Mays Faculty

  • The college has 72 tenured faculty, 94 tenure-track assistant professors, and more than 40 part- and full-time lecturers.
  • Our faculty are leaders in creating new business knowledge. A recent Academy of Management Journal ranked the Mays College faculty 26th in the world (16th among public schools) in terms of their research productivity.
  • Our faculty hold significant positions of influence in academic organizations, professional societies, and learned societies.

State-of-the-art Facilities

  • The college’s home in the Wehner Building provides a technologically advanced learning environment with numerous labs and networking classrooms.
  • A planned building expansion will be complete by fall 2003 and will house the college’s graduate programs and will include the Reliant Energy Securities & Commodities Trading Center.

Current Financial Information

  • Our annual operating budget for 2001-2002 is $18.7 million.
  • The current market value of the Mays College endowment is $63.5 million.
  • The Mays College currently has 20 chairs, 31 professorships, and 10 fellowships to recognize faculty excellence in teaching, research and service.
  • We also have approximately 100 scholarships, which help deserving students fund their educational pursuits in the college.

Categories: Departments, Faculty, Former Students, Programs, Students

Judging from the number of students crowding the halls of the Wehner Building, it must be time for the bi-annual Business Career Fair. Sponsored by the Business Student Council, the fair provided recruiting and networking opportunities between students and recruiters.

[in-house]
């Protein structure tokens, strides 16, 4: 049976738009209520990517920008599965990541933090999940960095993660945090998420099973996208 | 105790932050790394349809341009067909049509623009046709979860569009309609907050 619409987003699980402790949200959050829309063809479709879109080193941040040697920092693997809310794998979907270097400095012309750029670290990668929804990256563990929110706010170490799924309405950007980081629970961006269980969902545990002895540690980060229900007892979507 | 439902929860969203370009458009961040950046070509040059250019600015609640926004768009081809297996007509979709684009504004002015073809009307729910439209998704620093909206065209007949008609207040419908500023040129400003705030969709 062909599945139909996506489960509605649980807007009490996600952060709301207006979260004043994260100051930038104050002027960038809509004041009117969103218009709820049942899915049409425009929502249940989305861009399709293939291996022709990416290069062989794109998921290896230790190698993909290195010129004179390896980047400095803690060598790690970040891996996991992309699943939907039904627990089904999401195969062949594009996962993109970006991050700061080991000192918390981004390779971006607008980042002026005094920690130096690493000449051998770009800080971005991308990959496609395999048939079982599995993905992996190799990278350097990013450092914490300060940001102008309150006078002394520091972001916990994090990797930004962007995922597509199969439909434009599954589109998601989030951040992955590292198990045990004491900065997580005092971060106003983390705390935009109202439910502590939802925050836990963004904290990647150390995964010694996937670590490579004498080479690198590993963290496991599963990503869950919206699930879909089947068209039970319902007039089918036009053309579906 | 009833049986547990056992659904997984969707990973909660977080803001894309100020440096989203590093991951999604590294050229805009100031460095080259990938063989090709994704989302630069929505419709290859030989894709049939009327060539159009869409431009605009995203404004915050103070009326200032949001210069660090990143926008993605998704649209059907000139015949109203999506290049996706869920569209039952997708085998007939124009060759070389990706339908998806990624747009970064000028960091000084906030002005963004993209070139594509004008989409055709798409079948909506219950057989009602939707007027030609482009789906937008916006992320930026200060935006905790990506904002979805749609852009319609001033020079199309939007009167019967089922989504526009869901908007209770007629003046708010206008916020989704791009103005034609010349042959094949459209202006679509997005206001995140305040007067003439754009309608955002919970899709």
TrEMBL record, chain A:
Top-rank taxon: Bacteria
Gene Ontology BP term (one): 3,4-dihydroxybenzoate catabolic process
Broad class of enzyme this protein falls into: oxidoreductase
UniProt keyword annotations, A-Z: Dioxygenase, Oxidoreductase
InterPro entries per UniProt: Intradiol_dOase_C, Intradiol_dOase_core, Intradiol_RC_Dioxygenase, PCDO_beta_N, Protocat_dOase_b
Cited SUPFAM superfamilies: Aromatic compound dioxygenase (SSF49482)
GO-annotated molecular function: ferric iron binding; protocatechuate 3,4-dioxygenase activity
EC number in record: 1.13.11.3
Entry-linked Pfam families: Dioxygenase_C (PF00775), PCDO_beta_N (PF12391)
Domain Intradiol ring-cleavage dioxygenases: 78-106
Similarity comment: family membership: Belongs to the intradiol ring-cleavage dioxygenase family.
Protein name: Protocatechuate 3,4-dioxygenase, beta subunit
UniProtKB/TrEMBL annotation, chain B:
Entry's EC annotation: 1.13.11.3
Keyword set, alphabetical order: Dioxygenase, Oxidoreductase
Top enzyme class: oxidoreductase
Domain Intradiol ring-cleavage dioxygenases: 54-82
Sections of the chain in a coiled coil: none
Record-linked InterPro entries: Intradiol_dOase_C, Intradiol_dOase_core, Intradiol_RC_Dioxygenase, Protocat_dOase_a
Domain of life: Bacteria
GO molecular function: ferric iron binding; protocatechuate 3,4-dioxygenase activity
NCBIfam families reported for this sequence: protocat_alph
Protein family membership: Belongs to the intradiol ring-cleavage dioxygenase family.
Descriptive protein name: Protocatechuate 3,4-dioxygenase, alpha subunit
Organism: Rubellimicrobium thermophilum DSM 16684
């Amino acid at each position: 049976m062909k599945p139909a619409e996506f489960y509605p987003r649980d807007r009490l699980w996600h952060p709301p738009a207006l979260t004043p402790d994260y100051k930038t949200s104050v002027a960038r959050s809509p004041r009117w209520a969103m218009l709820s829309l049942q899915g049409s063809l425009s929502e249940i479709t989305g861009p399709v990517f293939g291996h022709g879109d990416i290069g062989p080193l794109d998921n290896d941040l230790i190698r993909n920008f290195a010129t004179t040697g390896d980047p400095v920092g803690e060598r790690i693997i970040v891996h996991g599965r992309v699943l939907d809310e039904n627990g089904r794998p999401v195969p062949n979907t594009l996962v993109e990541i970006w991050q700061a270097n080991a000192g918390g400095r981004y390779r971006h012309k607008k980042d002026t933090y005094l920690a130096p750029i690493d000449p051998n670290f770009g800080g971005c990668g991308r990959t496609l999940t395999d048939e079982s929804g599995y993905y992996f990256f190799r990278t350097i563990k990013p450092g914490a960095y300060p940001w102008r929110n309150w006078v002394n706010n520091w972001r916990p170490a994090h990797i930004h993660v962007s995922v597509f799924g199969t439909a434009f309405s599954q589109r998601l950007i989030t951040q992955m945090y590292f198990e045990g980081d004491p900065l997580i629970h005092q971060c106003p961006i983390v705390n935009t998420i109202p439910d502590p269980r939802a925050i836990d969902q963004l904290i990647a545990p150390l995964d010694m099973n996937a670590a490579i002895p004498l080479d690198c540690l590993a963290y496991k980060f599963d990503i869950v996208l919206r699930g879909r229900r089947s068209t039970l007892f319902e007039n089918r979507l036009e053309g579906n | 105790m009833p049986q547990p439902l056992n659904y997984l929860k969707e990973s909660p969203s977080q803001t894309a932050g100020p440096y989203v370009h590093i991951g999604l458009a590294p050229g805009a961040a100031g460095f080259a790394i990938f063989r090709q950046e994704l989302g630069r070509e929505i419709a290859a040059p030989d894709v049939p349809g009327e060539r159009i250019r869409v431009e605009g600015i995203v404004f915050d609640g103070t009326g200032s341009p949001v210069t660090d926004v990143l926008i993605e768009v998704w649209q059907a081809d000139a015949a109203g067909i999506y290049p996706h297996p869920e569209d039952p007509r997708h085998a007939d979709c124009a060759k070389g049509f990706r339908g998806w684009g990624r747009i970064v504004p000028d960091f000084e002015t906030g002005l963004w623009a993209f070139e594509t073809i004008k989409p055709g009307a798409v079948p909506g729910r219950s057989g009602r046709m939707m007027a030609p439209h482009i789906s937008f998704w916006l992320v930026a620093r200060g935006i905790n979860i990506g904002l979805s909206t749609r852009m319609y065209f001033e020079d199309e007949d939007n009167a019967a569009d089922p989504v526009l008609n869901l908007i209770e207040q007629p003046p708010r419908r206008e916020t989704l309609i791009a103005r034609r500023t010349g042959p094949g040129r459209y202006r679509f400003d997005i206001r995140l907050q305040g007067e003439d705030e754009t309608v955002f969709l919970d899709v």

While the event did encourage career networking, the impact of the current economic downturn could be felt. “Most of the companies I talked to told me to come back next semester,” says Ben Scoggin, a senior finance major. “I can tell a definite difference in the recruiting process from last year. It’s still strong, but since the economy is somewhat down right now, businesses are a lot less likely to hire.”


It’s true that this year’s fair did have slightly fewer companies in attendance. Adam Hankins, Business Student Council vice president of Career Fair and senior accounting major, says the number of businesses represented dropped to 140 this fall, compared to last year’s 160-plus. Five to 10 companies also cancelled after the Sept. 11 terrorist attacks.

Yet the fair still proved to be a success giving students opportunities to network with potential employers. It drew students from other A&M departments and colleges as well as from surrounding universities.

Students shouldn’t get discouraged recruiters say. Companies haven’t stopped hiring, it simply comes down to who wants the job more. “We’re just looking for personable, goal-oriented students. Their major often means far less to employers than their personal qualities and credentials,” explains one recruiter from Wells Fargo. “If students really want a job, they should just remember to be assertive. When you have this many students with a limited number of businesses, only the extremely aggressive candidates will survive.”

Categories: Departments, Programs, Students

The Mays College Fellows Program, a professional program for junior business students, is helping children in the Brazos Valley learn to read. Through their second annual golf tournament, held Sept. 24 at the Pebble Creek Country Club, the Fellows raised money for the Helping One Student To Succeed (HOSTS) program, a project sponsored by the Bryan Independent School District.